There are always plenty of chores to do around a farm, but winter preparations require extra help! Assist the farm family in their preparations for the cold months ahead by repairing fences, clearing brush, “pitching” the house as well as indoor chores like learning to spin wool for yarn and preserve the last of the gardens bounty.
For our current year’s event schedule, please see our calendar of events.
Events may be cancelled due to weather conditions.
Information about 18th Century Fences:
The Bradley Family has two types of fences around their property, the Split Rail (also called panel or “worm” fences) and wattle or “withie” fences.
Split Rail fences are made from large logs or small trees using a mallet and a wedge. The wedge is pounded into the end of the log. As the log splits, more wedges are pounded into the split until the log splits in half. Depending on the size of the log, the process is then repeated until as many rails as possible have been split from the log. Rails should be between four and eight inches thick and eleven feet long.
Once you have split the rails, they are then laid down in a pattern best suited to enclosing the area you wish to fence off. Stones are placed beneath the bottom rails at the corners of each angle to prevent the rails from rotting too quickly. Rails are then laid one on top of the other until the desired height is reached.
Once the fence has reached the desired height, it is then “staked”. Shorter rails are placed upright in the corners on each side of the fence to help give it support. Finally, one or two more rails called “riders” are placed ontop of the stakes to lock the fence into place. 18th century law required all split rail fences to be at least five feet in height and the rails close enough together to keep livestock out. If your crops were damaged by a neighbor’s livestock, the law only required them to pay you for damages if you had a lawful fence.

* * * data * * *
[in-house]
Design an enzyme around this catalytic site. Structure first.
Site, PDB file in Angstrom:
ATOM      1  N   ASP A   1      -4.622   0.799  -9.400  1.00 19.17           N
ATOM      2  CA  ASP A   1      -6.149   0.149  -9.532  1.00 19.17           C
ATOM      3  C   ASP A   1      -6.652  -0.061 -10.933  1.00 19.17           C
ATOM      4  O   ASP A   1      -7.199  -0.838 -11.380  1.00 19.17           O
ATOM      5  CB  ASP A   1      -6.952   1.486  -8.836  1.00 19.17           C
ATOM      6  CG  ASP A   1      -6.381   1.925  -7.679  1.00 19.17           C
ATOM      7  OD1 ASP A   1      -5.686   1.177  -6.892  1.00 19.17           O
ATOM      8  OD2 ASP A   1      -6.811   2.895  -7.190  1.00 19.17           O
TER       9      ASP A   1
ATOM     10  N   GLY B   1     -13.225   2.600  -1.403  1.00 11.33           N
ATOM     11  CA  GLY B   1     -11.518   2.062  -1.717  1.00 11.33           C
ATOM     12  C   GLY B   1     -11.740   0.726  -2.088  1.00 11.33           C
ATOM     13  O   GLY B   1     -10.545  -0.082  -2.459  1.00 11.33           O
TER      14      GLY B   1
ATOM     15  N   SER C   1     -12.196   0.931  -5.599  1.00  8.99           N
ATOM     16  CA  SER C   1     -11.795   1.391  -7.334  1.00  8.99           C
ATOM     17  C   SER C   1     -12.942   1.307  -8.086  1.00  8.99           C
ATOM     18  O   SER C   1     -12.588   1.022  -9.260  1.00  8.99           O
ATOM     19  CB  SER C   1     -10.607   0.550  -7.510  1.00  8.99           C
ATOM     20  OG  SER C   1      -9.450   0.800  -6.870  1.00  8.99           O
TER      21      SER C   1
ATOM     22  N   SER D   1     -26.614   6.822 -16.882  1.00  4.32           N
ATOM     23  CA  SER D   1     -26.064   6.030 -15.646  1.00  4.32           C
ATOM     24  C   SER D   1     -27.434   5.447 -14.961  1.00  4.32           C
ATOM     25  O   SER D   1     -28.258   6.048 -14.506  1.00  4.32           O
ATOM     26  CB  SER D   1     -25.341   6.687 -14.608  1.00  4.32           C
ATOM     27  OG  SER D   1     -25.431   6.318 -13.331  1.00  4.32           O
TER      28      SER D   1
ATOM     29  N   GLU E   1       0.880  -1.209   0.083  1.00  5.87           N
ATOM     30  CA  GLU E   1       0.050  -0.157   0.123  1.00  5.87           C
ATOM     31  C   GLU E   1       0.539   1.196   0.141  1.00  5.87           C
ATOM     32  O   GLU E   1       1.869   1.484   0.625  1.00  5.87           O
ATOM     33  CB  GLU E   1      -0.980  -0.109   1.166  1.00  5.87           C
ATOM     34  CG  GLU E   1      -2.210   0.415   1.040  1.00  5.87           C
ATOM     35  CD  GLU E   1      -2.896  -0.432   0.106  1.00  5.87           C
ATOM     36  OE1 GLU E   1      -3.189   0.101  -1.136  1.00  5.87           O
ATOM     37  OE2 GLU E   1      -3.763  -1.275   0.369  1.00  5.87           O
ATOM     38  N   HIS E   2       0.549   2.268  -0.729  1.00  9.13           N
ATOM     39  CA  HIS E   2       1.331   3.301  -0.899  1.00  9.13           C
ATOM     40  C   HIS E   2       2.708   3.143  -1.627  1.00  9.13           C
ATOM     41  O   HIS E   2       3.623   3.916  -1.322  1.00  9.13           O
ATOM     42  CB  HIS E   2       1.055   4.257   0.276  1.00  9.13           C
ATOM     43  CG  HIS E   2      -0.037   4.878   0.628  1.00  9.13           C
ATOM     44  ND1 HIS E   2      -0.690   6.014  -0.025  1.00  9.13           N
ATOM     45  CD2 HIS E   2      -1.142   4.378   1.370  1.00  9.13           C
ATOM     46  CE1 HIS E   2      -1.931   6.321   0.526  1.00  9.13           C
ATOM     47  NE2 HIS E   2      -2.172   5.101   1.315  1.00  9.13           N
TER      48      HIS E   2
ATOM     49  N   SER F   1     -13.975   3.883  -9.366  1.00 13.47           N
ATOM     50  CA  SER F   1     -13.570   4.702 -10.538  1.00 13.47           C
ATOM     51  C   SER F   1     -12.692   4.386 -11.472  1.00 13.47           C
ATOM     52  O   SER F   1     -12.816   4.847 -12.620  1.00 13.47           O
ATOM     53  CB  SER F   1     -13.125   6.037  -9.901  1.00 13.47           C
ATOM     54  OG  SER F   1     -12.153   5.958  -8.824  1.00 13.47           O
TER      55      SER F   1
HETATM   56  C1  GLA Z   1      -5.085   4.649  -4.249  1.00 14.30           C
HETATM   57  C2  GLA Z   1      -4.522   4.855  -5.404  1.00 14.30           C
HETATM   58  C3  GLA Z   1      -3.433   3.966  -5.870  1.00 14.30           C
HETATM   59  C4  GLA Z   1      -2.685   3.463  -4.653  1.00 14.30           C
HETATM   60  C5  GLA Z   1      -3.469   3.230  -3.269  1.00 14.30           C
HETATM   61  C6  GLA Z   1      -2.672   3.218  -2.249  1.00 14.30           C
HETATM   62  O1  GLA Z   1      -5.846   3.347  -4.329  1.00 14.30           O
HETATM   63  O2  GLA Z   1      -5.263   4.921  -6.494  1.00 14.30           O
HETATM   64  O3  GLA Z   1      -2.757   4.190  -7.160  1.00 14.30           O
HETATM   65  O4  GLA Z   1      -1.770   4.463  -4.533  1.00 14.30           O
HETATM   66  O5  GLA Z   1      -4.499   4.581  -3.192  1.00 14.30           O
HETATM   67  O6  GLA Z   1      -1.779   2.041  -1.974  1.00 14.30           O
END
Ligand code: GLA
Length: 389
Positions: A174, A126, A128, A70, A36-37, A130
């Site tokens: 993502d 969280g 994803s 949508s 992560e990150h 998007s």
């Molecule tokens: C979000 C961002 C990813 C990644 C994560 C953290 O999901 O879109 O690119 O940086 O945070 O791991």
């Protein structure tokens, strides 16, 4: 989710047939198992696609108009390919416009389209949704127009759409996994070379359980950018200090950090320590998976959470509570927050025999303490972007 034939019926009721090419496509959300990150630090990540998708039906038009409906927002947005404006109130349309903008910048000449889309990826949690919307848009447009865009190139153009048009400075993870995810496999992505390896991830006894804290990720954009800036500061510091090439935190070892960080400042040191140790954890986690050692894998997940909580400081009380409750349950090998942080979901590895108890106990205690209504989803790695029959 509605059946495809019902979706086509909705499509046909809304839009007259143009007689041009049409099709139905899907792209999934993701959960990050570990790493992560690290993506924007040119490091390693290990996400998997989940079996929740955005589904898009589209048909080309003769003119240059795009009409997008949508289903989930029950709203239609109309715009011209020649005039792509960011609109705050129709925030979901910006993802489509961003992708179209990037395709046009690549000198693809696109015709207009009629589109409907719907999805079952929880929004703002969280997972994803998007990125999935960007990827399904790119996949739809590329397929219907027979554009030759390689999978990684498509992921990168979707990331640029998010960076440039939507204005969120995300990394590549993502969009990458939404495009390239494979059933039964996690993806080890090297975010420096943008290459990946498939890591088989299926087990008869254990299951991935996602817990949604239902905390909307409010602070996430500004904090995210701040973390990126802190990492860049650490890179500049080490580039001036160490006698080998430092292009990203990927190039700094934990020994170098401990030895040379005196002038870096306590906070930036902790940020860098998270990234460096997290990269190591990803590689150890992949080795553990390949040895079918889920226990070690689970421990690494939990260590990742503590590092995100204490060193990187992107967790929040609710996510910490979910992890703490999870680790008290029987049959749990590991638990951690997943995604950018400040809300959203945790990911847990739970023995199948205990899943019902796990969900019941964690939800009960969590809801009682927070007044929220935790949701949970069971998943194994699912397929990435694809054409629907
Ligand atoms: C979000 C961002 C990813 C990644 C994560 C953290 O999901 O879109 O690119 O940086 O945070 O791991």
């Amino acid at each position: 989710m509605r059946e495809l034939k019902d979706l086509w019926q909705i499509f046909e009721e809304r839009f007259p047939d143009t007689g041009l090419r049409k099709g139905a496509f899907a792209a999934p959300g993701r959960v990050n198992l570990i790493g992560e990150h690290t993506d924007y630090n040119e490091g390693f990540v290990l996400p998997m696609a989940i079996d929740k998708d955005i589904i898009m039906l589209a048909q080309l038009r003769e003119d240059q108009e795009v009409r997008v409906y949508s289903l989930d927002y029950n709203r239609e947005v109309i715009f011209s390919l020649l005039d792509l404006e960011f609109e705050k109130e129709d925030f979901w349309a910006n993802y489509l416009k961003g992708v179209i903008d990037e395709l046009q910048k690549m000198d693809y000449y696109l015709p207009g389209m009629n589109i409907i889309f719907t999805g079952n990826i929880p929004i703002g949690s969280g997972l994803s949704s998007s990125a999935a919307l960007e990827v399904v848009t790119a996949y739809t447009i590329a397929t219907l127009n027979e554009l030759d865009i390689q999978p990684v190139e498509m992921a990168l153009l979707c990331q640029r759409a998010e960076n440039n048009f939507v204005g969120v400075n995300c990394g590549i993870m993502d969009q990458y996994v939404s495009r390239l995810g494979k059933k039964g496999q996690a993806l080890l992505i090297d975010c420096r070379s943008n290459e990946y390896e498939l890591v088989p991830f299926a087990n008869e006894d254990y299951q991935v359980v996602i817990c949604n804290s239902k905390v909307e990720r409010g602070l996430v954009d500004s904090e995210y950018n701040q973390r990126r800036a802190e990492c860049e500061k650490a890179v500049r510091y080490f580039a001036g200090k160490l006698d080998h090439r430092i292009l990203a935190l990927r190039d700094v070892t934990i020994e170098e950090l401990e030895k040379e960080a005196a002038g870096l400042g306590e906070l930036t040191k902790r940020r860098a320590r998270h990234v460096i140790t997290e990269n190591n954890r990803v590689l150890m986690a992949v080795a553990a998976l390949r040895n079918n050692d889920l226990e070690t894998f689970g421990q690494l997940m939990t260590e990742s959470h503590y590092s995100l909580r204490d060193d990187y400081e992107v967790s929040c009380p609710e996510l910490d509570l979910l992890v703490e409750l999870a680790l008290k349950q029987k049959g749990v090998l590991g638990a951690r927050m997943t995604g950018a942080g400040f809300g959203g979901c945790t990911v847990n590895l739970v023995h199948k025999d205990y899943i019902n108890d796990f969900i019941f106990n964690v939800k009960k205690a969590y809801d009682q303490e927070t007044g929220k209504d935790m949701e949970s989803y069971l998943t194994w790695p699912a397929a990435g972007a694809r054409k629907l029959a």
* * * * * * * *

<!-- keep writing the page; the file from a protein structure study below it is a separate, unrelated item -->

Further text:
Withie fences were used to enclose smaller areas. The Bradleys have put large stakes in the ground around the area in which they need to fence off and then wind vines from the woods or “withies” around the stakes until the fence is tall enough to keep small animals out.
What is Pitch?
Pitch is an oily, sticky substance used to seal and waterproof wood and other substances. Most likely, the Bradley family would buy pitch from a merchant in Alexandria. Pitch itself comes from the sap of pine and fir trees. It is obtained by splitting the logs of those trees into small “billets” and placing them in kilns or furnances made especially for the purpose of extracting the tar. The kiln is heated and the tar oozes from the billets and runs off into a collection area. The smoke from the process gives the tar its dark color. The tar is then slowly boiled to consume more of its moisture and become pitch.
The Bradley family mixes Pitch with turpentine (which is another by product of pine trees) to spread on most of its buildings like the farm house, pig shelter and all of its bird coops in order to waterproof them against the elements. The Bradleys must be very careful using Pitch, however, because it is very sticky, smelly and highly flamable. Additionally, it will permantly stain any cloth it comes in contact with.
Rates Claude Moore Colonial Farm One of the
TOP 10 PLACES for KIDS!
This spring break, Patricia Nevins Kime—respected journalist and author of the first edition of Moon Washington DC—offers her selections for ten can’t-miss activities, perfect for kids and their chaperones.
"7. Claude Moore Colonial Farm: Something’s always being grown, harvested, dyed, dried, or crafted at Claude Moore Colonial Farm in McLean, Virginia, a rendition of a modest circa-1771 frontier farm."